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Seasonality drives microbiome composition and nitrogen cycling in soil below biocrusts

Clayton J. Nevins, Patrick W. Inglett, Catherine L. Reardon, Sarah L. Strauss
Soil biology & biochemistry 2022 v.166 pp. 108551
Citrus, agroecosystems, ammonia, biological soil crusts, dry season, eutrophication, fruit set, fungi, genes, microbial biomass, microbiome, nitrification, nitrogen, orchards, oxidation, rhizosphere, sandy soils, soil quality, soil water, soil water content, spring, water content, winter, Florida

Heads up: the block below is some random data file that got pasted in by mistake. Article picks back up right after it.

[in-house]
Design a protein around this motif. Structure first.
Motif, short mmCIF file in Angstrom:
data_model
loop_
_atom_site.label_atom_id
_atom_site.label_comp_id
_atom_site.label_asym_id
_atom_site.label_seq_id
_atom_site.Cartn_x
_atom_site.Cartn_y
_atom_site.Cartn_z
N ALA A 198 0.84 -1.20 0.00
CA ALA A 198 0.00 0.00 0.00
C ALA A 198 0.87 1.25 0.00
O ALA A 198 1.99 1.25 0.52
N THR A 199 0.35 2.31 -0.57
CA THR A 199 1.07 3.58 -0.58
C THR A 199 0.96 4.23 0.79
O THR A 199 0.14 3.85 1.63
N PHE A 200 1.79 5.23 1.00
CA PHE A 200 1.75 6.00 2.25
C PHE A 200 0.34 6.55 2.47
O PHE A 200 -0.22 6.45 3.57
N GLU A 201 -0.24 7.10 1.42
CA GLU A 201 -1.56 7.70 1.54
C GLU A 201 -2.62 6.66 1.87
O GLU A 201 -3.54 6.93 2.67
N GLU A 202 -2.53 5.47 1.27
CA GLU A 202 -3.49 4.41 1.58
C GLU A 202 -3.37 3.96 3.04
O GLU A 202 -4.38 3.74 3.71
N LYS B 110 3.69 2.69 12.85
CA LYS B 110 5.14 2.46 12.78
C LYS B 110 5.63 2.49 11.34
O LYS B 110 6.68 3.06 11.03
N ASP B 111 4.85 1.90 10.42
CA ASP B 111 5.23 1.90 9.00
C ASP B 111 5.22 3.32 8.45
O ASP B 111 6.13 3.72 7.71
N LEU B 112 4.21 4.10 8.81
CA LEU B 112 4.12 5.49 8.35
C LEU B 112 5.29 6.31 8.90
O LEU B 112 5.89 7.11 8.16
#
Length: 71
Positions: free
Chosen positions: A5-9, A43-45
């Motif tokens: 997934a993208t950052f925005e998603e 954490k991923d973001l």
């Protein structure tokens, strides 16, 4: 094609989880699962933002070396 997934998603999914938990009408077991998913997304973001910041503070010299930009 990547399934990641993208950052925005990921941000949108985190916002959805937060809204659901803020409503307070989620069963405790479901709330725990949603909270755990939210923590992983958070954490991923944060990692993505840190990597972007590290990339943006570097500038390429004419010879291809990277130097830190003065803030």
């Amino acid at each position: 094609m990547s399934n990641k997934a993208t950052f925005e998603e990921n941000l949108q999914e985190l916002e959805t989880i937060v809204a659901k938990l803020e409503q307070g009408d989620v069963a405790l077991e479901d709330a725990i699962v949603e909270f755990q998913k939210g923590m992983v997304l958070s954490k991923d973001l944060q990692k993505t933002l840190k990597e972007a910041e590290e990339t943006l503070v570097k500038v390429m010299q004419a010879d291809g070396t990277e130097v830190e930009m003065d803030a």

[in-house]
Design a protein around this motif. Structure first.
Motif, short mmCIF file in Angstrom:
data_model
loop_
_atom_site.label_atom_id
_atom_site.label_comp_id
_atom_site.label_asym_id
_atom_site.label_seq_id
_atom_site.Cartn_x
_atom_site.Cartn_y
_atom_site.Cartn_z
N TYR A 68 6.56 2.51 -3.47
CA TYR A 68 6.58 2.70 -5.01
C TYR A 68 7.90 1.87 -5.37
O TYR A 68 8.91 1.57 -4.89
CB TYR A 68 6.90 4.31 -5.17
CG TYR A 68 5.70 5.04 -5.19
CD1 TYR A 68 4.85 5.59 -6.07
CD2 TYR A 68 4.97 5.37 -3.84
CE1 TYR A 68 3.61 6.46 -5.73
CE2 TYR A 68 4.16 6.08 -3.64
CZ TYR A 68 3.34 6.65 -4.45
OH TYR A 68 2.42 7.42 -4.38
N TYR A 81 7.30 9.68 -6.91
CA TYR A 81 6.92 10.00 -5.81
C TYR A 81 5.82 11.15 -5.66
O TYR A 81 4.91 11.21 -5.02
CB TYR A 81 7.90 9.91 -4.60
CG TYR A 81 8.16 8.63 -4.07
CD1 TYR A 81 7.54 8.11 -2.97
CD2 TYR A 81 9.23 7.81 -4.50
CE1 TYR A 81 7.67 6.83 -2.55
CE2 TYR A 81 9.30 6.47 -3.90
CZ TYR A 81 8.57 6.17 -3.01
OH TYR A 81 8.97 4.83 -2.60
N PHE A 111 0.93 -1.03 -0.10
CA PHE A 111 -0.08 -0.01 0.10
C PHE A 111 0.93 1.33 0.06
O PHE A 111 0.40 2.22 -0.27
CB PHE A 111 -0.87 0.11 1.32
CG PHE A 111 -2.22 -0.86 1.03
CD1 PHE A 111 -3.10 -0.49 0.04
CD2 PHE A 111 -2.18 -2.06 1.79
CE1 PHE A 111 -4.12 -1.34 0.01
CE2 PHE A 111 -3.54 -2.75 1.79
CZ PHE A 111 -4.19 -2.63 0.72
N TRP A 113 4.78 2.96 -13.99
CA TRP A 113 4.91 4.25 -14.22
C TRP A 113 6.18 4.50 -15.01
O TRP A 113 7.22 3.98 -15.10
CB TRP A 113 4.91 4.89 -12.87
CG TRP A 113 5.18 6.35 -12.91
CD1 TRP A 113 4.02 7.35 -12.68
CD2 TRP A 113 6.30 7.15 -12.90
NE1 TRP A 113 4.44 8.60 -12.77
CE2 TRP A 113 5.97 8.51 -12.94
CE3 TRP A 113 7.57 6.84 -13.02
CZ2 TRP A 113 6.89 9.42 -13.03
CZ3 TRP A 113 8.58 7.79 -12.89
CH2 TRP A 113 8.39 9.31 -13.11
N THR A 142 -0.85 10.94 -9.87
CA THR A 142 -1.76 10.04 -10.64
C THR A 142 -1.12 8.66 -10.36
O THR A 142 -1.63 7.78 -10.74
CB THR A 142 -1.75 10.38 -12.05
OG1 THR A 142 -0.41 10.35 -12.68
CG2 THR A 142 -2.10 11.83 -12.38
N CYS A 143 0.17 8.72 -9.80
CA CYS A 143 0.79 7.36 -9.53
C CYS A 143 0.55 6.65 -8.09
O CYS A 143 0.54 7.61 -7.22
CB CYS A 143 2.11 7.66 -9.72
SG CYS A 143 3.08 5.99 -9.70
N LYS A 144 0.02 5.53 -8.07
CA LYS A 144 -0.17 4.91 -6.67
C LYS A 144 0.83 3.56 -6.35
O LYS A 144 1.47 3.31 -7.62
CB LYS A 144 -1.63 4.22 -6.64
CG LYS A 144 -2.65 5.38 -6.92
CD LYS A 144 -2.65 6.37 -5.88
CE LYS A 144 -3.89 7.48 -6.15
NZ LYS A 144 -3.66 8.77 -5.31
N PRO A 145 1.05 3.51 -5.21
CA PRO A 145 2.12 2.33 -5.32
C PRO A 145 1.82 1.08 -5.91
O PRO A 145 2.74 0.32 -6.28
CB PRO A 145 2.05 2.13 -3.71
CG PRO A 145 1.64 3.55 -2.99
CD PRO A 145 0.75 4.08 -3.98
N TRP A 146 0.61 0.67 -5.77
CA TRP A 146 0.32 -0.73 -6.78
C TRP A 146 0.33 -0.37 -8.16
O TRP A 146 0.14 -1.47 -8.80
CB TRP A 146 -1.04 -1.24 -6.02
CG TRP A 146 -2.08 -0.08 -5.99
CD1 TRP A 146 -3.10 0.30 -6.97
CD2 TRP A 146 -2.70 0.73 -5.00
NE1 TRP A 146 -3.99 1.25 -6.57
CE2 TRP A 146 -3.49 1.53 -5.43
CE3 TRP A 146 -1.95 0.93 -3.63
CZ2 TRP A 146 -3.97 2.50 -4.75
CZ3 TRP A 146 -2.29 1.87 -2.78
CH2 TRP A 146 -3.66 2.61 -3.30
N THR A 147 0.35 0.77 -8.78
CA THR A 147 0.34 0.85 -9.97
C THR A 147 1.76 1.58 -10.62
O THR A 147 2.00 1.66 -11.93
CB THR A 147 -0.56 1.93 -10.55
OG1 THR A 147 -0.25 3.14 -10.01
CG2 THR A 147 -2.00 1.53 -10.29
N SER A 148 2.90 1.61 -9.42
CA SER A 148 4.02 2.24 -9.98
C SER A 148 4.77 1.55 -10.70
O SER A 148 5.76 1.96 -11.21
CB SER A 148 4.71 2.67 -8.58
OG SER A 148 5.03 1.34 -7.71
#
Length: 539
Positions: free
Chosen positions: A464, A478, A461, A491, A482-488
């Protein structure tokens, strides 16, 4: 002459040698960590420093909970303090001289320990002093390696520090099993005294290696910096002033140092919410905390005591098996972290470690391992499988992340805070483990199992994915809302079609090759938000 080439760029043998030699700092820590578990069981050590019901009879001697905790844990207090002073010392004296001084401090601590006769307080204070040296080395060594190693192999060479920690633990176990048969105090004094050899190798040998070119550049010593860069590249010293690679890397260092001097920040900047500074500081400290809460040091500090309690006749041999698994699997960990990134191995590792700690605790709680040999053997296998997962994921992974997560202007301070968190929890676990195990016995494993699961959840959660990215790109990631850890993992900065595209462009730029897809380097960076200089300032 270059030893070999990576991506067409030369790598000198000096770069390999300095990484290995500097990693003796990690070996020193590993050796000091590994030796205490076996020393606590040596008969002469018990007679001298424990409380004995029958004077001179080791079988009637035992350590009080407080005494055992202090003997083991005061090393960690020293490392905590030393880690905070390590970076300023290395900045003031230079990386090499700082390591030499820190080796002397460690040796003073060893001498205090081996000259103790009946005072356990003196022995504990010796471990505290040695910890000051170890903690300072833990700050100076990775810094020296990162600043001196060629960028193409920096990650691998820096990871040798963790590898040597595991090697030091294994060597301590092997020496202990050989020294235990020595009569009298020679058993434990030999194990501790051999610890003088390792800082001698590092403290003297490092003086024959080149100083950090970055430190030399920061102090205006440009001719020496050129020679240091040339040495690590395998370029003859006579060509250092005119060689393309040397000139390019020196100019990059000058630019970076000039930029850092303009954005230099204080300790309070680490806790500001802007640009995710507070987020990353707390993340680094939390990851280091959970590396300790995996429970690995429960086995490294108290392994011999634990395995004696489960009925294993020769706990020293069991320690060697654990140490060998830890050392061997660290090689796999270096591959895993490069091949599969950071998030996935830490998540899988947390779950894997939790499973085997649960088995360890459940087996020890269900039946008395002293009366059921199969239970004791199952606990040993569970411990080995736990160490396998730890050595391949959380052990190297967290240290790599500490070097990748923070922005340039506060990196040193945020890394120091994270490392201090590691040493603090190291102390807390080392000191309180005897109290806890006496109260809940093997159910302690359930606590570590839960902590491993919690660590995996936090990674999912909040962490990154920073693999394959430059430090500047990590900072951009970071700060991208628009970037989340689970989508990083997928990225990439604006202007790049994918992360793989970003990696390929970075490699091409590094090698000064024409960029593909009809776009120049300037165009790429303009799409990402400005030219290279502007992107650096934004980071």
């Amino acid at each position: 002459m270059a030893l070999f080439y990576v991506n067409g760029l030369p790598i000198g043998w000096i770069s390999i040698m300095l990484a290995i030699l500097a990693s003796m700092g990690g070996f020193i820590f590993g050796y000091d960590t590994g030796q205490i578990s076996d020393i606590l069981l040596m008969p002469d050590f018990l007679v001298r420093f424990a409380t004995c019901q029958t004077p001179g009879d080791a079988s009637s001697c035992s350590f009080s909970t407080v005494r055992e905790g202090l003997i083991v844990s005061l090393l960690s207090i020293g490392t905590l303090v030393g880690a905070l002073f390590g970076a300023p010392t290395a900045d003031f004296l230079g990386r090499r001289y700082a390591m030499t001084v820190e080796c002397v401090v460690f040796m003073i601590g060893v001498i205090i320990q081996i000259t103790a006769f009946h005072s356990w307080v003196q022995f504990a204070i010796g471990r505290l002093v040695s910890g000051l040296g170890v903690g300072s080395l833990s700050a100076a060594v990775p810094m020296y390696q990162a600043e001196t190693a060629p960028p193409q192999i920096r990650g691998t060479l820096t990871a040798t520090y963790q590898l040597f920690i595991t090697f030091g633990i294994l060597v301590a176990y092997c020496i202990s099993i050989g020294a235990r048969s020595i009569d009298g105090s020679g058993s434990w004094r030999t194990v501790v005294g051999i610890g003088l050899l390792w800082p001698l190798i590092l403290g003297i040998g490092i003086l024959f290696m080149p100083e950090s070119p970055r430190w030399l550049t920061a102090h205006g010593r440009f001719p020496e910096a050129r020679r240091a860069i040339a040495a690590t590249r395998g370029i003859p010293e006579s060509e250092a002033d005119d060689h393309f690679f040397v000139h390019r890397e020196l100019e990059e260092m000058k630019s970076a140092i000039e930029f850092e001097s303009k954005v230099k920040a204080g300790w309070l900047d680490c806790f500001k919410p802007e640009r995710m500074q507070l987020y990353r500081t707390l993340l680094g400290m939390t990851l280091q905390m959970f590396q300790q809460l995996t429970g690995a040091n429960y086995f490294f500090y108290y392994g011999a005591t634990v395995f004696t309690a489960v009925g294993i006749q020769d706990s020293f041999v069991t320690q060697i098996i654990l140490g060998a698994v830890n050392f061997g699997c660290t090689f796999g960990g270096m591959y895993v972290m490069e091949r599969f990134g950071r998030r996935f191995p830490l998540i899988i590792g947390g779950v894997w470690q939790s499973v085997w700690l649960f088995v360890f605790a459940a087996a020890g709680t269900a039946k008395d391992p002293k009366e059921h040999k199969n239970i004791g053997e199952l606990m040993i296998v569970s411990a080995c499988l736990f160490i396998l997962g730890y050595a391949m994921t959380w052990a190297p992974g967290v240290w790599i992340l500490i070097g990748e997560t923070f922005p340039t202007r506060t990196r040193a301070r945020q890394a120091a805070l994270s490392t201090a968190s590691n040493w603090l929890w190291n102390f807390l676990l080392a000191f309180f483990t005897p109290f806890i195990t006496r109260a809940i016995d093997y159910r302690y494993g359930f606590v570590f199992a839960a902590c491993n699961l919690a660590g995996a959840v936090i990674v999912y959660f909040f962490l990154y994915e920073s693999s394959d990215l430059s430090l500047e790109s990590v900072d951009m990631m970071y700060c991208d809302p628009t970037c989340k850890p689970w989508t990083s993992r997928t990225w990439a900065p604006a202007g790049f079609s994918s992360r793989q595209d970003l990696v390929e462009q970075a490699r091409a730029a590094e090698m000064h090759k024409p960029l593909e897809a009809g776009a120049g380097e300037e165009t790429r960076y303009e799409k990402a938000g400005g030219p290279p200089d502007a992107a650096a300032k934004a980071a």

Biological soil crusts (biocrusts) recently discovered in agroecosystems have the potential to enrich soil moisture and nitrogen (N) concentrations and structure the subsurface microbiome. In citrus agroecosystems, year-round N availability is vital for production, with vegetative flushes in the spring and fall and fruit development in the fall and winter. Due to the N demand and natural formation of biocrusts in citrus orchards, we investigated the influence of biocrusts on soil moisture content, N cycling, and microbiome composition in the upper root zone of a sandy soil citrus orchard (Florida, USA). Soils sampled from below biocrusts (1–5 cm) were collected at eight sampling dates over a one-year period in the orchard from biocrust-covered and proximate bare areas. Samples were analyzed for moisture content, soluble and microbial N pools, and potential ammonia oxidation. Bacterial and fungal communities were characterized using the 16S rRNA gene and ITS region sequences, respectively, at five sampling dates from September 2019 through March 2020. Biocrust presence and sampling date significantly impacted soil moisture and soluble and microbial N pools (p < 0.05). Soil moisture and inorganic N were enriched below biocrusts compared to below bare soil controls during the dry season from fruit set through harvest. Microbial biomass N and potential ammonia oxidation activity were also higher in September and November during fruit set. During fruit set and maturation, there was a corresponding greater abundance of copiotrophic bacteria and fungi capable of heterotrophic nitrification in soil below biocrusts. Overall, these results indicate soil under biocrusts had increased moisture, N concentrations, and relative abundances of microbiota with functional potential for cycling N. These results support a potential role for biocrust influence on crop N availability and soil health during periods of plant nutrient demand.